For more information on UMC’s fertility financing, contact (888) 647-4333, send an e-mail to firstname.lastname@example.org or visit the website, www.unitedmedicalcredit.com.
Frequently Asked Questions About the Benefits and Risks of IVF
What are the benefits and risks of IVF?
IVF can have higher success rates, especially for those with blocked fallopian tubes. IVF treatment is beneficial for those with a higher maternal age or with a low ovarian reserve. Patients with male infertility will have a higher chance of conceiving via IVF treatment over natural conception.
Success rates for IVF are increasing as more research is conducted. Undergoing IVF is very safe. IVF has been around a long time, since the 1970’s. This means there has been time to refine the treatment to minimize health risks and side effects.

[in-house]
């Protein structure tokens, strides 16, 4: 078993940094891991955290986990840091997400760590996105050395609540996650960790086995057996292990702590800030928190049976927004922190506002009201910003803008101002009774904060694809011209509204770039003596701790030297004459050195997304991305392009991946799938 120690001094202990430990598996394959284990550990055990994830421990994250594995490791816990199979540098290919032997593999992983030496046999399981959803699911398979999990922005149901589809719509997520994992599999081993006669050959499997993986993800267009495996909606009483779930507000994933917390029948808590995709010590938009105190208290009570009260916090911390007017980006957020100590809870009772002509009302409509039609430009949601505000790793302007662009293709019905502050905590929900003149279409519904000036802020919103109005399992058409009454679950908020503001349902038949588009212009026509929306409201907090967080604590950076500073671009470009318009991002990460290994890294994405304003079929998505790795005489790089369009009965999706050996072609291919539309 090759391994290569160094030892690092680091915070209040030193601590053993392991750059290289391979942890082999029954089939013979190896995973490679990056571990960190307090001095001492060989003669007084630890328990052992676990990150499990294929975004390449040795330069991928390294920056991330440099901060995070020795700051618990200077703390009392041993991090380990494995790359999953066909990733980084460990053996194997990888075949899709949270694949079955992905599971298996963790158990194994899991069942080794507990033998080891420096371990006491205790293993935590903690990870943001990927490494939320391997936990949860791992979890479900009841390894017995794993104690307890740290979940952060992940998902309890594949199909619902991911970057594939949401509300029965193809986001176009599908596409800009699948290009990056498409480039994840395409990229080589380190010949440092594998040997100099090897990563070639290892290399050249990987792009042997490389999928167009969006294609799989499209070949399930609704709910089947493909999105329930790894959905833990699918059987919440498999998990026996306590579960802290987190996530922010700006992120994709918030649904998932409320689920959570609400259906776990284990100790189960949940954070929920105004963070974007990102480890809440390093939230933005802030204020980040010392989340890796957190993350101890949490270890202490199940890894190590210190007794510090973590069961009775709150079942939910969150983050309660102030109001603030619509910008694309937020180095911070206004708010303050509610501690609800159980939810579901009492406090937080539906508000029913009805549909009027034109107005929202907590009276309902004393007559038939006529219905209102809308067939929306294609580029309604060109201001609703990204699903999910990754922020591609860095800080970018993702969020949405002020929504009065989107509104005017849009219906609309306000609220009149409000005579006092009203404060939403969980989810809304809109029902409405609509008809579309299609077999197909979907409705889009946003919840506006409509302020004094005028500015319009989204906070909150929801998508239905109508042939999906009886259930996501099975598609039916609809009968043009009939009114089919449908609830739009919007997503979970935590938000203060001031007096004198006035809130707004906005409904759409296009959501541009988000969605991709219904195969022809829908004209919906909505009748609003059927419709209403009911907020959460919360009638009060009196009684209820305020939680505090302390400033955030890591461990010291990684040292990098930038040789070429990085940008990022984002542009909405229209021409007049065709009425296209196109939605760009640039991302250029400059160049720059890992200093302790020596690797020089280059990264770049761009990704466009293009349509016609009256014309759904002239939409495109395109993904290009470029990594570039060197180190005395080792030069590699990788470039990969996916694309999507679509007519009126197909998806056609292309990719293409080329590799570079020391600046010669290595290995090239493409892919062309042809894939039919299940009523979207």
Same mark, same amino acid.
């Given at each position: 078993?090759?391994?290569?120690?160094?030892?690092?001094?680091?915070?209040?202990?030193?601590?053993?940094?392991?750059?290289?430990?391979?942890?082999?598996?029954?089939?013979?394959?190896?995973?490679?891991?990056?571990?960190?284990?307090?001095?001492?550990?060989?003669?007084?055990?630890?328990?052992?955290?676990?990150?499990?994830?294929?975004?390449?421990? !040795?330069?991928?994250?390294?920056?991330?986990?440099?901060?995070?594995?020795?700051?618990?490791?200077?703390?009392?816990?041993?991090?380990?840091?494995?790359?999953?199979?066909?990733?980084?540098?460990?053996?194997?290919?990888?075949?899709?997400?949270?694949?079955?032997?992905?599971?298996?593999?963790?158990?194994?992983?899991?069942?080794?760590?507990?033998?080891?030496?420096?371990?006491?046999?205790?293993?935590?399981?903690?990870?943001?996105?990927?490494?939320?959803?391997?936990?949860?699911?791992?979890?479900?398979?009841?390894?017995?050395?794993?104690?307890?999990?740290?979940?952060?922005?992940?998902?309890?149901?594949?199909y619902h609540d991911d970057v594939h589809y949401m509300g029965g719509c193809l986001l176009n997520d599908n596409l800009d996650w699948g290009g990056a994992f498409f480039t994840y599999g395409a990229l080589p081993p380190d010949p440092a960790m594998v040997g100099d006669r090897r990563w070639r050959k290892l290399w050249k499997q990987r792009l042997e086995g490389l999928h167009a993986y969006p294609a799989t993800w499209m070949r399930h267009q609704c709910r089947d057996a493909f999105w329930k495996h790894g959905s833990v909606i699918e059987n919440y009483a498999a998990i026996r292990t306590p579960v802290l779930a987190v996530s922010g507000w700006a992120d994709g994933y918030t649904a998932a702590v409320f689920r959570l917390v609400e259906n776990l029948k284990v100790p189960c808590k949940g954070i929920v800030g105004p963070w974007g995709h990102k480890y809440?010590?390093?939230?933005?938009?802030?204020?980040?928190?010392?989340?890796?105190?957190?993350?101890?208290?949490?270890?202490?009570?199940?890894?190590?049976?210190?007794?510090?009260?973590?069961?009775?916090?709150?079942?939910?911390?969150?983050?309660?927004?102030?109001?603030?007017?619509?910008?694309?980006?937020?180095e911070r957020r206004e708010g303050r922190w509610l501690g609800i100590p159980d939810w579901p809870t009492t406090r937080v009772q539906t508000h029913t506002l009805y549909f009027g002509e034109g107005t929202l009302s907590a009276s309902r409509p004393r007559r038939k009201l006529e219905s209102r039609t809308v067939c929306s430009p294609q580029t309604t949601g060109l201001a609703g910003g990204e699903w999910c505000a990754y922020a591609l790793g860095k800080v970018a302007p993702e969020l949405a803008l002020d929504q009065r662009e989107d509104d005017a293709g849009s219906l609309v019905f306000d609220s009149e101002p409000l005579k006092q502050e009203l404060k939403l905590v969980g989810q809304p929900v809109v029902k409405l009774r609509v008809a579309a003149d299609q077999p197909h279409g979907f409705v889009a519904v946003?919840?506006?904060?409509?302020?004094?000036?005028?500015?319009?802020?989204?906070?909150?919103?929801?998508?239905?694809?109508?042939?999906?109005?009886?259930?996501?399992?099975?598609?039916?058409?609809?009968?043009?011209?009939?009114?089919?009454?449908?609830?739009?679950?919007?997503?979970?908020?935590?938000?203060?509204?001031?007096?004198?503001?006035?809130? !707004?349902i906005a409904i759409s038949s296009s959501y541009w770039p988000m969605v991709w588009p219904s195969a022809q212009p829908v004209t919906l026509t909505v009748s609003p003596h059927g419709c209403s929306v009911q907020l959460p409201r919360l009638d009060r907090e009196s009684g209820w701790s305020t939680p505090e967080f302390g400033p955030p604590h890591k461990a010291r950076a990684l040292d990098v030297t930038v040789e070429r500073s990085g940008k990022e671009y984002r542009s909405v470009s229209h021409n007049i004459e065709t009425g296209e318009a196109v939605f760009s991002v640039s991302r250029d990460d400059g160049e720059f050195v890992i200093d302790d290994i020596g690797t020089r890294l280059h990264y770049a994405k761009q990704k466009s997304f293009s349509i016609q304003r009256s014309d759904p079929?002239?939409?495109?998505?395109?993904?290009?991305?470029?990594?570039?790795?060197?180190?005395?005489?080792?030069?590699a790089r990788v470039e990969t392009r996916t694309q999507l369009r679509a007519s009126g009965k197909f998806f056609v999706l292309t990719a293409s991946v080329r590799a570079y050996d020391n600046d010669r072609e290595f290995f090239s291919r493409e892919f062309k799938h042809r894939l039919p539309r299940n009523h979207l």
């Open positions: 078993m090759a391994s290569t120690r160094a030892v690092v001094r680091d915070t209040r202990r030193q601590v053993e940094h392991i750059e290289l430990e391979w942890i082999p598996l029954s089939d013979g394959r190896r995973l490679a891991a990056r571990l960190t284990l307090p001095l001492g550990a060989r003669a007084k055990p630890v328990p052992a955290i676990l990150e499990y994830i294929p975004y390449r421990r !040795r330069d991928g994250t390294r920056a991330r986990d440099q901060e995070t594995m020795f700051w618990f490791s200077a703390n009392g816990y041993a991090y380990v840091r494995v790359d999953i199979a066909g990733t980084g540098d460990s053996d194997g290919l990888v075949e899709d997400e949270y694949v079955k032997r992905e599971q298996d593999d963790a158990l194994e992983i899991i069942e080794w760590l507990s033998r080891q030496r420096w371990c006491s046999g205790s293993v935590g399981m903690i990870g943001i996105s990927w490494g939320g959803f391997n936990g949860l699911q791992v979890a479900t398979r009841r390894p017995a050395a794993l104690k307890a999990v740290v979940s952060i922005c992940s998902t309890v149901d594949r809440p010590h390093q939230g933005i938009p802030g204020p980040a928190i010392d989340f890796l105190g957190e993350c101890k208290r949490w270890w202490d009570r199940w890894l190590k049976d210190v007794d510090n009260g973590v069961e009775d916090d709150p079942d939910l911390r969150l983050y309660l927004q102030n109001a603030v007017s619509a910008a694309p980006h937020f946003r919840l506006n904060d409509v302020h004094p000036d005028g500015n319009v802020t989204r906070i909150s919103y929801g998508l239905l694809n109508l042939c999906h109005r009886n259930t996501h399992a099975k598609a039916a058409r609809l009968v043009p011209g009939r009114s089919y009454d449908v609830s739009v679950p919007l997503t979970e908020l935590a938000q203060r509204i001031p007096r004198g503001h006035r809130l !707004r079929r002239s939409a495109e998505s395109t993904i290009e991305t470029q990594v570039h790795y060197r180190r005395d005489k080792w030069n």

IVF risks include multiple pregnancies, premature delivery and side effects from the fertility drugs.
What are the advantages of using IVF?
There are many advantages for couples using in vitro fertilization. IVF can be used by anybody, including surrogates. In vitro fertilization used along with pregestational genetic screening (PGS) (also called pregestational genetic diagnosis or PGD) has the highest success rate of all fertility treatments.
Does IVF have any side effects?
IVF side effects include multiple births, premature delivery and egg retrieval procedure complications. Using injectable fertility drugs can cause ovarian hyperstimulation syndrome, which causes the ovaries to become swollen and painful. Symptoms include mild cramping, bloating, diarrhea, vomiting and nausea.